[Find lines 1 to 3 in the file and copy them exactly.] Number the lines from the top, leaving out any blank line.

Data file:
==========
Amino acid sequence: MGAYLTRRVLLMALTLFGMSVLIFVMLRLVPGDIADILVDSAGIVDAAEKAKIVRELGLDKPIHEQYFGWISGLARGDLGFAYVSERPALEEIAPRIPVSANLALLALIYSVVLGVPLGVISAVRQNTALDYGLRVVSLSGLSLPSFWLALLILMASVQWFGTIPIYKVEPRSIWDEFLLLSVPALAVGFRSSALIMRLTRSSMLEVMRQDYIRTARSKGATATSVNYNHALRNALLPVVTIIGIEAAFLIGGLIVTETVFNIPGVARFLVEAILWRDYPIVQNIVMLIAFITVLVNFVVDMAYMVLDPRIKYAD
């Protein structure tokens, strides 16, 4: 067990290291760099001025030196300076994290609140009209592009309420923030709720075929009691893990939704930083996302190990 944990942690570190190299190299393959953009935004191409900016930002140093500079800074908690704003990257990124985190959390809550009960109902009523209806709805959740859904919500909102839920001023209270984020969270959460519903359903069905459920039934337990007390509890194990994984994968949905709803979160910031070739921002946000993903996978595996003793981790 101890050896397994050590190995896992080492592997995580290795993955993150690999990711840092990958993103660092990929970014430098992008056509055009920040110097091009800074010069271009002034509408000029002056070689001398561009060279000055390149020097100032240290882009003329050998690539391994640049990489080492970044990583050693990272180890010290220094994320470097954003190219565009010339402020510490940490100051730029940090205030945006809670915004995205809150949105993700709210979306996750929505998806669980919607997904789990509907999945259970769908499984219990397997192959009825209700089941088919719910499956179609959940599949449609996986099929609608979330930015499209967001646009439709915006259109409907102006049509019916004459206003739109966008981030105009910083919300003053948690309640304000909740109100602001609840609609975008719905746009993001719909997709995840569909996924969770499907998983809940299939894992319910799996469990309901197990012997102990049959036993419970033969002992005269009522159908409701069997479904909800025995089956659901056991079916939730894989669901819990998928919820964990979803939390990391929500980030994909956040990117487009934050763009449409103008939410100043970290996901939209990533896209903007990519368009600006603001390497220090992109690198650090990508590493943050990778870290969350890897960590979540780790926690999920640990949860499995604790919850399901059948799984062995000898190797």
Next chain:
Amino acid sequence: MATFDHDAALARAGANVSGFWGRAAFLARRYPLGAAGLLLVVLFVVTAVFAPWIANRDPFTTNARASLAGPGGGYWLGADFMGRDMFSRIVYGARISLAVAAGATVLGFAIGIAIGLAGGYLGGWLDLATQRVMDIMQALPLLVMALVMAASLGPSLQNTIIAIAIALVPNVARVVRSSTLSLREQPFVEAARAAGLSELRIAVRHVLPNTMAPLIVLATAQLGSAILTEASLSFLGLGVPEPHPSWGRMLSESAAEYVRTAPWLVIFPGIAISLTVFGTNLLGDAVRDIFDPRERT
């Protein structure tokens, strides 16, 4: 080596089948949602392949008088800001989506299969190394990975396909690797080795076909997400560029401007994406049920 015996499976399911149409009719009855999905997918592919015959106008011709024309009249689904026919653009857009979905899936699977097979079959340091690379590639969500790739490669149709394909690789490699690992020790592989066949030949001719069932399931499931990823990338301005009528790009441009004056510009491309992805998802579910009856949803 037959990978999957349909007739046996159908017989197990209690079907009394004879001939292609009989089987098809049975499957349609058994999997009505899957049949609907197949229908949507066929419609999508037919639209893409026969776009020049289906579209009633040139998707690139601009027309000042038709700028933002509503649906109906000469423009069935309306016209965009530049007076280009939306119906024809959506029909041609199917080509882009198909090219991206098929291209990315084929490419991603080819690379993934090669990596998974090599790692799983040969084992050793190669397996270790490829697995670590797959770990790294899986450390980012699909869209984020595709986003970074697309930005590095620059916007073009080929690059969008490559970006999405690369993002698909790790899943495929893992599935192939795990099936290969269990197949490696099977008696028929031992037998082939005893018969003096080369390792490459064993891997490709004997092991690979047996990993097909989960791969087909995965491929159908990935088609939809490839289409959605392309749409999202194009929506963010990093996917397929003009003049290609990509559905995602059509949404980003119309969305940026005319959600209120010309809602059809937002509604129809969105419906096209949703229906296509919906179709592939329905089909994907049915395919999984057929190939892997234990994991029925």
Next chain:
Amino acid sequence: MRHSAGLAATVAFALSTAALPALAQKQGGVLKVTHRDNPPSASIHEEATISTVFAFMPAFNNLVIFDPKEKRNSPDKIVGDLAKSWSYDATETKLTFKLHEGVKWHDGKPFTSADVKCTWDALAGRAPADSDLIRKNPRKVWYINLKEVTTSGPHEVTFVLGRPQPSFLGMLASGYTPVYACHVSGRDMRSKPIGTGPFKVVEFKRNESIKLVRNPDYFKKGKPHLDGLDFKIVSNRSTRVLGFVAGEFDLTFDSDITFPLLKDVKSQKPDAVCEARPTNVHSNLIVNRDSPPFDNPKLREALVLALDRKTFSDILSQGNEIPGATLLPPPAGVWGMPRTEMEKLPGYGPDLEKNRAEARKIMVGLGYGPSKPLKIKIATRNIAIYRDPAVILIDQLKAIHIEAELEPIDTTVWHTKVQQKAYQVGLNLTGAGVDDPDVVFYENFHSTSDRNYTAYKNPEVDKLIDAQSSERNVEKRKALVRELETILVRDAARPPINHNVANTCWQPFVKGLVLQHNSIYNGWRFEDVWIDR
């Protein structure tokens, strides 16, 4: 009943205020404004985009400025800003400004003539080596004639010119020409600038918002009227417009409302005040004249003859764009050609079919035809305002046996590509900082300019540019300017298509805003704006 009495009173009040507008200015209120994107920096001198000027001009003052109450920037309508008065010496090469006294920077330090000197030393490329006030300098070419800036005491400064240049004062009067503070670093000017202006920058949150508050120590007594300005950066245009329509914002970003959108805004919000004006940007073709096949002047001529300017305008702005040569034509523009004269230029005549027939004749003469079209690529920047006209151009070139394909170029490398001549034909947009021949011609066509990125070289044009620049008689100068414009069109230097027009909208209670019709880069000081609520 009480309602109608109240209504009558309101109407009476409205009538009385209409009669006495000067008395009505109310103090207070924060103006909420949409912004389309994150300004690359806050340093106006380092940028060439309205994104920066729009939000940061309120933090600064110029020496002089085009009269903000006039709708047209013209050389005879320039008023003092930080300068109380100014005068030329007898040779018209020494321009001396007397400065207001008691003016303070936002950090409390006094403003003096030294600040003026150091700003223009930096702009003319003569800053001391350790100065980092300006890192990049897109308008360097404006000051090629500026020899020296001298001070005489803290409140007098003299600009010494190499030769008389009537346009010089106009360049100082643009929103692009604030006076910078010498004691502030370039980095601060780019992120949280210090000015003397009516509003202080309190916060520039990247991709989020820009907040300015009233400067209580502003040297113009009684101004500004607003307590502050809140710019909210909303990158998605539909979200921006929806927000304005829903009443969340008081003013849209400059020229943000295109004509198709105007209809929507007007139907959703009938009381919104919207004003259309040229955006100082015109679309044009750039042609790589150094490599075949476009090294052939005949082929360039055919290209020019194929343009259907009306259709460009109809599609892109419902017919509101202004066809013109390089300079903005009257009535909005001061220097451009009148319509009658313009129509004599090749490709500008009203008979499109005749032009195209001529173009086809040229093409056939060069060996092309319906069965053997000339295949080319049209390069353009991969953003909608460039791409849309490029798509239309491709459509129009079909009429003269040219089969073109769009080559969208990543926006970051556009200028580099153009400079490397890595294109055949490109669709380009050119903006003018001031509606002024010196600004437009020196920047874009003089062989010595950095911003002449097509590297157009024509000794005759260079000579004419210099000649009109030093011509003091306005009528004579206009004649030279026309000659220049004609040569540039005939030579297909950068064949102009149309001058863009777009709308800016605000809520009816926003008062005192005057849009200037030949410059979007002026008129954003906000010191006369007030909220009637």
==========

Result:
Amino acid sequence: MGAYLTRRVLLMALTLFGMSVLIFVMLRLVPGDIADILVDSAGIVDAAEKAKIVRELGLDKPIHEQYFGWISGLARGDLGFAYVSERPALEEIAPRIPVSANLALLALIYSVVLGVPLGVISAVRQNTALDYGLRVVSLSGLSLPSFWLALLILMASVQWFGTIPIYKVEPRSIWDEFLLLSVPALAVGFRSSALIMRLTRSSMLEVMRQDYIRTARSKGATATSVNYNHALRNALLPVVTIIGIEAAFLIGGLIVTETVFNIPGVARFLVEAILWRDYPIVQNIVMLIAFITVLVNFVVDMAYMVLDPRIKYAD
């Protein structure tokens, strides 16, 4: 067990290291760099001025030196300076994290609140009209592009309420923030709720075929009691893990939704930083996302190990 944990942690570190190299190299393959953009935004191409900016930002140093500079800074908690704003990257990124985190959390809550009960109902009523209806709805959740859904919500909102839920001023209270984020969270959460519903359903069905459920039934337990007390509890194990994984994968949905709803979160910031070739921002946000993903996978595996003793981790 101890050896397994050590190995896992080492592997995580290795993955993150690999990711840092990958993103660092990929970014430098992008056509055009920040110097091009800074010069271009002034509408000029002056070689001398561009060279000055390149020097100032240290882009003329050998690539391994640049990489080492970044990583050693990272180890010290220094994320470097954003190219565009010339402020510490940490100051730029940090205030945006809670915004995205809150949105993700709210979306996750929505998806669980919607997904789990509907999945259970769908499984219990397997192959009825209700089941088919719910499956179609959940599949449609996986099929609608979330930015499209967001646009439709915006259109409907102006049509019916004459206003739109966008981030105009910083919300003053948690309640304000909740109100602001609840609609975008719905746009993001719909997709995840569909996924969770499907998983809940299939894992319910799996469990309901197990012997102990049959036993419970033969002992005269009522159908409701069997479904909800025995089956659901056991079916939730894989669901819990998928919820964990979803939390990391929500980030994909956040990117487009934050763009449409103008939410100043970290996901939209990533896209903007990519368009600006603001390497220090992109690198650090990508590493943050990778870290969350890897960590979540780790926690999920640990949860499995604790919850399901059948799984062995000898190797």
Next chain: